For Strathmore Grade 5/6 and High School Fine Arts teachers, the opportunity to create a First Nations mural at Ecole Brentwood Elementary School was a process of intentional collaboration with one another, Siksika Elder Darrell Breaker, and their students.
Another key component of the project for the teachers was ensuring that student voice and engagement were central. Grade 5 & 6 students from Brentwood School and Art 30 students from Strathmore high school were successful in meeting their respective Fine Arts curricular outcomes, while also gaining a deeper understanding Blackfoot culture in the project that allowed students to demonstrate their learning in an authentic and respectful way.
Community, Collaboration, and Cultural Guidance:
The teachers noted that respecting the students’ voices and Elder’s input was central to the planning process. They both spoke of the intentional learning they did around the Grandfather’s teachings so that the students and themselves were familiar and comfortable with First Nation’s values, such as respect, love, truth, and humility.
Brandy (High School Arts teacher) and Kyle (Grade 5/6 teacher) appreciated the guidance and networking they received from Siksika Liaison Meagan Big Snake. She connected the teachers with both Darrell Breaker and the Pretty Young Man Family. They found Elder Darrell’s participation throughout the mural process to be invaluable. Both teachers commented on the importance and honor of having Rufus & Yvonne & Jarrett & Samathan Pretty Young Man as well as Robert and Darrell Breaker’s families share their family tipi designs with the students for the mural. The teachers saw this act of sharing as one of the most meaningful moments in the mural process.
Elder Darell Breaker and his brother Robert Breaker did a blessing of the mural, with students and staff from Brentwood and SHS schools present, and the teachers and students were honored to receive his blessing, as a sign of approval.
The process of meaningfully collaborating and seeking cultural guidance from Elders was paramount in ensuring that First Nations’ ways of knowing, history, and perspective are respected in projects like the Brentwood mural design.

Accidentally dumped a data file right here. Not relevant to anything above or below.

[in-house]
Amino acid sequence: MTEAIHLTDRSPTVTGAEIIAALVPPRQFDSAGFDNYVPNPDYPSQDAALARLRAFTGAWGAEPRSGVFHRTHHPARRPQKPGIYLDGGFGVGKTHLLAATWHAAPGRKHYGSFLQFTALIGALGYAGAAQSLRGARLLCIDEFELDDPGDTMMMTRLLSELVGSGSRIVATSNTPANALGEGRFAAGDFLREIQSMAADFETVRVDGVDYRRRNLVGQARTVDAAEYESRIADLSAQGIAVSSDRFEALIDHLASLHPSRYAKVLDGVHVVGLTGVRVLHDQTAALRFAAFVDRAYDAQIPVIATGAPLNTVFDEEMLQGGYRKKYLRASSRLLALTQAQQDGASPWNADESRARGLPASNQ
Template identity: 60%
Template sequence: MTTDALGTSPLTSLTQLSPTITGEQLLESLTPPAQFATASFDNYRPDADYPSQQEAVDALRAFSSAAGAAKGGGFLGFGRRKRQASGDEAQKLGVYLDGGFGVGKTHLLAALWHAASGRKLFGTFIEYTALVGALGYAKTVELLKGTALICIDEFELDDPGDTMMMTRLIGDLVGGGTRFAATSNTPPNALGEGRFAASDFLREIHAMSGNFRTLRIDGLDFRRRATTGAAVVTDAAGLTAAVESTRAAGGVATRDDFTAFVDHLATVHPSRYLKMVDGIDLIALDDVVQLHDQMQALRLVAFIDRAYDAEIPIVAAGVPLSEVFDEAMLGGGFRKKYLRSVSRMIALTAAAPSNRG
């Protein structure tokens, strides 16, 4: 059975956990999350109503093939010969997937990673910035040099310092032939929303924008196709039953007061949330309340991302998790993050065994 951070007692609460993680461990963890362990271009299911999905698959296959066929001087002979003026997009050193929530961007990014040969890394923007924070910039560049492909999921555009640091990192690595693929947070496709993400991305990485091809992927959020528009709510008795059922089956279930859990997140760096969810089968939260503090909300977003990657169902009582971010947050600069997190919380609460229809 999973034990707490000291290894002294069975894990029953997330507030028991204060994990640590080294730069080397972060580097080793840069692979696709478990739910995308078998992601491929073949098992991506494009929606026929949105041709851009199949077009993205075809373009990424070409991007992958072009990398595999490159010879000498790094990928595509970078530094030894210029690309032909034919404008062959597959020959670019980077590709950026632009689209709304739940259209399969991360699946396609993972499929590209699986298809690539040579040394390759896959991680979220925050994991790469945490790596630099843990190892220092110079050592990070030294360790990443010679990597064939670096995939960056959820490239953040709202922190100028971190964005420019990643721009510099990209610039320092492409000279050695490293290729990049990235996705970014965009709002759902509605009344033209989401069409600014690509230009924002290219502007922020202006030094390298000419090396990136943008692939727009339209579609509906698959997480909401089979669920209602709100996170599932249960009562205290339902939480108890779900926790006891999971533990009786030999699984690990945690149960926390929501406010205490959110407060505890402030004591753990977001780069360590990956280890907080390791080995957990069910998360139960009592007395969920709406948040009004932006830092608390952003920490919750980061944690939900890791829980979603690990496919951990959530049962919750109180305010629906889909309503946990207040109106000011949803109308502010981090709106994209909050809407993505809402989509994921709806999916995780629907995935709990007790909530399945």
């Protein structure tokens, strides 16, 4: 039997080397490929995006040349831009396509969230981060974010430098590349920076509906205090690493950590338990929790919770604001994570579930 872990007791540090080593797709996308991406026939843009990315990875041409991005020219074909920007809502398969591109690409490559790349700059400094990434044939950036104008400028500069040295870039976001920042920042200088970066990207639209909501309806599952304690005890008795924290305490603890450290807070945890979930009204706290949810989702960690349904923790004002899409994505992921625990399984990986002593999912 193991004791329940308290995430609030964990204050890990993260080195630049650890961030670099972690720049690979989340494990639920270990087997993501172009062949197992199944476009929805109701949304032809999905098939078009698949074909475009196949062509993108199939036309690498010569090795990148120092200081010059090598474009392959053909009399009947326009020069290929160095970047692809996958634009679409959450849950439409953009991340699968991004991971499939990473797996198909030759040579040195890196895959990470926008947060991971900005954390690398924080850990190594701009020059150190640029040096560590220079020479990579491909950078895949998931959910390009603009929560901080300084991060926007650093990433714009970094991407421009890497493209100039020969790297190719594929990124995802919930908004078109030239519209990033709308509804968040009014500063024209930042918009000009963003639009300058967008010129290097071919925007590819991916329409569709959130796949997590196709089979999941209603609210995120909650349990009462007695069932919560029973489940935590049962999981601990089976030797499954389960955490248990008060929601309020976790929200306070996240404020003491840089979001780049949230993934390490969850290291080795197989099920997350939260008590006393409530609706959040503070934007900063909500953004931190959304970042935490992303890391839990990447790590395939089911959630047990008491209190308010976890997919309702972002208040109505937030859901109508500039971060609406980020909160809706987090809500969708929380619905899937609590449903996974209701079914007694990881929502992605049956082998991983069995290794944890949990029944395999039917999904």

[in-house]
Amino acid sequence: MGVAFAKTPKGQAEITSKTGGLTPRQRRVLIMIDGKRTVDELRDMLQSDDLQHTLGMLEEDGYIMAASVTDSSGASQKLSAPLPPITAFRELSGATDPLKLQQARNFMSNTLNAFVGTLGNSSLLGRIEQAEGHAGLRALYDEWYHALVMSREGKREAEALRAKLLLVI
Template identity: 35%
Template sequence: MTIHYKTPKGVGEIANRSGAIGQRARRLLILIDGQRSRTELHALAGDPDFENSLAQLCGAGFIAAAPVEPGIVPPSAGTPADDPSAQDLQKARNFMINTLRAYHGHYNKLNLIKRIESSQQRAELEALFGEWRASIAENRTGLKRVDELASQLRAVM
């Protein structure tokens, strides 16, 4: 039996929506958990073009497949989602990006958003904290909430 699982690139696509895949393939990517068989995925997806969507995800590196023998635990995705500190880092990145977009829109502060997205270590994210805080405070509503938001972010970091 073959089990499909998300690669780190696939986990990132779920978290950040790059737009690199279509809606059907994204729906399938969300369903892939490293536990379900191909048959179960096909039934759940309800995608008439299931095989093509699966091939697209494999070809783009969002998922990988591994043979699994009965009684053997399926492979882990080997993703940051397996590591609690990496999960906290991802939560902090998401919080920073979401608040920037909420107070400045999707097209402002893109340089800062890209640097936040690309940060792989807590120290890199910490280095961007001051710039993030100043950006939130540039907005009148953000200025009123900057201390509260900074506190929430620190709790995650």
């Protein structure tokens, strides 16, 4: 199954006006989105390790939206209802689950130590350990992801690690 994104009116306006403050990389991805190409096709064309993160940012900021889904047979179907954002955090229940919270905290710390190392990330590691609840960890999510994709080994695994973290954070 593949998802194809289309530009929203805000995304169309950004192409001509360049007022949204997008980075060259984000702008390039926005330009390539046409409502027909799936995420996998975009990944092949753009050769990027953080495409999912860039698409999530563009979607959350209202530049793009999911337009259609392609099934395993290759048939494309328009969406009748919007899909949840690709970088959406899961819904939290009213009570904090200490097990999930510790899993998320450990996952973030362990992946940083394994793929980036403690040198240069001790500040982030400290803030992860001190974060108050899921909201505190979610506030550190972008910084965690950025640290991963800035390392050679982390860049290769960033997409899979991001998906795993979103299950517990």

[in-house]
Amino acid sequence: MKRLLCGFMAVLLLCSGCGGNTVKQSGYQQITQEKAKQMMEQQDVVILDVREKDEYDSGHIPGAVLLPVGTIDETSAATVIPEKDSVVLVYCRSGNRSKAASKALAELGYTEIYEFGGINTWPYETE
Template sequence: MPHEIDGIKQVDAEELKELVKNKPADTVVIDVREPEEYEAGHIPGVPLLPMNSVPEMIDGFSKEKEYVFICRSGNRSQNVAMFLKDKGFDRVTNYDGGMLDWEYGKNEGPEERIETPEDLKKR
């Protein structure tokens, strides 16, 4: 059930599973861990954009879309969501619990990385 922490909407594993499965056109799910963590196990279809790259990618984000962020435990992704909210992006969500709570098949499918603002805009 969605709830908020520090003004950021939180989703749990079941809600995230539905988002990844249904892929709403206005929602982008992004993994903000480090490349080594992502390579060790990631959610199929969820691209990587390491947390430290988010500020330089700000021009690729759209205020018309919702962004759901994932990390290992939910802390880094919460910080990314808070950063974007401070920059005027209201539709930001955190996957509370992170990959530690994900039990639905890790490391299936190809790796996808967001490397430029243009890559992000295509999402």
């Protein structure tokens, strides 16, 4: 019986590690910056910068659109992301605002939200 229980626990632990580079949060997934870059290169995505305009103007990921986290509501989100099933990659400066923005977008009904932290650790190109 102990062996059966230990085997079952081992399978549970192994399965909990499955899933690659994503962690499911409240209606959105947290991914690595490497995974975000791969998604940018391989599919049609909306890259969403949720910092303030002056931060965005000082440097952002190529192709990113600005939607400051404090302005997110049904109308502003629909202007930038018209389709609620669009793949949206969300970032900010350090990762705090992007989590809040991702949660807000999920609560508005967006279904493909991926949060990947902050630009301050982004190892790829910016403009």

The Strength of Student Engagement:
Kyle and Brandy wanted their students to feel connected and comfortable with one another, as they were of different ages, grades, and from different schools. They noted that student investment in the project was heightened due to the authenticity of their audience (the school and community surrounding it).
The time spent discussing the mural design was critically important for the high school students, as they wanted to ensure that they demonstrate an appreciation of First Nations cultural values and elements. The First Nations students at the High school saw their culture celebrated, and felt a sense of belonging and pride. The elementary students saw their school mascot, the Badger, incorporated into the mural design, and felt great pride in improving their school for the community. The elementary students were able to see the potential of what high school could offer them in their learning.
Both teachers noted that watching the high school students coach the elementary students was a highlight of the project. The teachers also noted that it was not just students immediately involved in the project that participated, a number of other elementary students would often stop and visit during recess, and parents, who were waiting to pick up their children would ask the teachers and high school students questions about the mural process.
The level of student engagement in this project was immense, and this can be attributed to the students seeing meaning and value in the work they were doing. They were invested and saw that their work could benefit the larger community and foster conversations around culture, values, and belonging. Both elementary and high school students were able to see and hear Blackfoot culture and values and were able to relate their learning to the creation of the mural.